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Cars play name game

Paul Gover
Herald Sun

27 May 2010 • 5 min read

A Mustang is a wild brumby in the USA but also one of the all-time best muscle cars; the LandCruiser does just what the name says, even if the land is the worst of the Australian outback; and the Enzo is a tribute to the man who founded the world's best-know supercar company, Ferrari.

But the name game can go badly wrong.  The Nissan Cedric was never going to be a hit in Australia with a name that creates a picture of an aging uncle Arthur in a cardigan, Taurus is tough in the USA but was always going to flop against the Falcon, and the Skoda Roomster has just been dumped after failing to find a home down under.

Holden was careful to avoid the VD in its Commodore line, but why did it start with the VB and not the VA? And what about the Statesman, which went well as the WB but was never updated into the WC?  Just this week I was following a Citroen Jumpy delivery fan in Portugal, and wondering if the name was a reflection of the driver's behaviour or the way it runs on the road.

The craziness goes on and on, like the Citroen Picasso people mover which is anything but an oil painting.  Today's showrooms also have cars whose names have more numbers and letters than a cryptic crossword, with just as much meaning. Who really knows the difference between an A7 and a C350?

But head back in history and there are some absolute clangers.  Henry Ford named the 1950s Edsel after his son, but is now recorded as one of the biggest flops in blue-oval history.  Japan has given us everything from the Daihatsu Rocky and Rugger to the Honda Ascot and Acty Crawler and on through the Isuzu Big Horn to the Subaru Justy.

Nissan created the Tiida name from nothing, even though it claims it has something to do with waves breaking on a beach, and Lexus is even a made-up brand name, in contrast to Mercedes which was named after an early Daimler customer's daughter.  Over in America, the AMC Gremlin was a flop, the Dodge Neon never went up in lights, Plymouth Reliant never lived up to its promise, and the Lincoln Town Car was so big it needed its own postcode.

Even some of the names which have worked create more questions than answers about their creation.  The Kia Mentor is more likely to need one, the Honda Jazz is not much of a music machine and the Suzuki Cappucino was too frothy to sell in Australia.

Some names also paint a picture because of their history.  Mention Celica and lots of people in Australia think hairdresser.  Ask about the Nissan GT-R and you'll hear about Godzilla.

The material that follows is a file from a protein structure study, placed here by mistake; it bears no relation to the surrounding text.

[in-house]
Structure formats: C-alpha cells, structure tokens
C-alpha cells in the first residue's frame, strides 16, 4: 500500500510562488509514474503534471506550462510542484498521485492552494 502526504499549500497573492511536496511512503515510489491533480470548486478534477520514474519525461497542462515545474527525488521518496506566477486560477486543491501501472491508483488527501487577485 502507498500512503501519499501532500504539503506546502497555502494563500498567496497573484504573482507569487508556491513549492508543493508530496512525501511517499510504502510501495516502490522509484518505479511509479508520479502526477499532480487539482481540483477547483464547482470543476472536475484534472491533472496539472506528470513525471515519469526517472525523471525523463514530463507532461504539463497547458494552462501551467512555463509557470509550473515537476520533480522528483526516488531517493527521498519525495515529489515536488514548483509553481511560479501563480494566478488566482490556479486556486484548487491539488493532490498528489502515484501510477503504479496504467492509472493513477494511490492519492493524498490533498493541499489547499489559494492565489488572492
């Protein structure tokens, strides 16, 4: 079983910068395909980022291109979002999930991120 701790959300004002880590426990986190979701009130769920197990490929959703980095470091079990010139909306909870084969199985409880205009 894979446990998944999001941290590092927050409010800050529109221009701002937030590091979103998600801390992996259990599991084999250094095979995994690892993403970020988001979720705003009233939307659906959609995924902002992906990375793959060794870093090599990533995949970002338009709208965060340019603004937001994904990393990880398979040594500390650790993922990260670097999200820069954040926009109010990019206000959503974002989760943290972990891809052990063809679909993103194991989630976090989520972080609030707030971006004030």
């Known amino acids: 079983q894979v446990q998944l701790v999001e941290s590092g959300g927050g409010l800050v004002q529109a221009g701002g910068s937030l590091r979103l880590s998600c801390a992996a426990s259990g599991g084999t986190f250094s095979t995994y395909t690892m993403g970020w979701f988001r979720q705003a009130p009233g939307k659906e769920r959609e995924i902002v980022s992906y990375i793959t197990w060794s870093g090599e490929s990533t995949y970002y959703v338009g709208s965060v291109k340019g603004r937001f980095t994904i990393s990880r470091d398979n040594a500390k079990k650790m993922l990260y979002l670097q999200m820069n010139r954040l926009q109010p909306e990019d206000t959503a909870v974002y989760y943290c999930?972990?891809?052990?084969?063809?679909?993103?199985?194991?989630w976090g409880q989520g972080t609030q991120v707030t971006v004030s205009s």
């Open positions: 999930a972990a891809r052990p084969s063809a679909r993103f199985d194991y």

Camry is shorthand for fridge-on-wheels, Kingswood is classic sixties kitsch, and then there is the Goggomobil.  So, what's causing a Rukus today? The Toyota Rukus, for a start.

We could also get the Nissan Cube, which is as boxy as its name, although Nissan Australia is also pushing for a return of the Pulsar badge which worked so well before the silly switch to Tiida.  Right now we have the Skoda Superb in Australian showrooms. If that's not a name which creates a serious expectation then we don't know our Falcodores.

When Toyota was looking for a new name for a mid-sized car alongside the Camry it thought it had the ideal choice. It settled on Centaur - the mythical man-horse - because it sounded tough.  But no-one at Toyota Australia had taken into account a nasty incident in World War II during the battle for the Pacific.

A hospital ship called the Centaur was sailing towards Brisbane when it was torpedoed and sunk by a Japanese submarine. The idea of a Toyota Centaur sunk even faster.  The Centaur badges were crushed, all the paperwork was changed and so was the advertising. The Centaur quickly became the Avalon for Australia.  How do we know? Carsguide made the call to Toyota to warn about the problem. 

Japanese cars have always led the way in the silly-names race.  How about the Mazda Bongy Brawny? No, not the name for an off-road tough SUV, it was the badge on the back of a city delivery van with a 1.3-litre engine.

Everyone has heard the story about the Mitsubishi Starion, and whether the company's sales team actually meant to call the turbo coupe the Stallion.  And then there is the Pajero. It's called the Montero in Spain, because Pajero is the word for something usually done alone in private.

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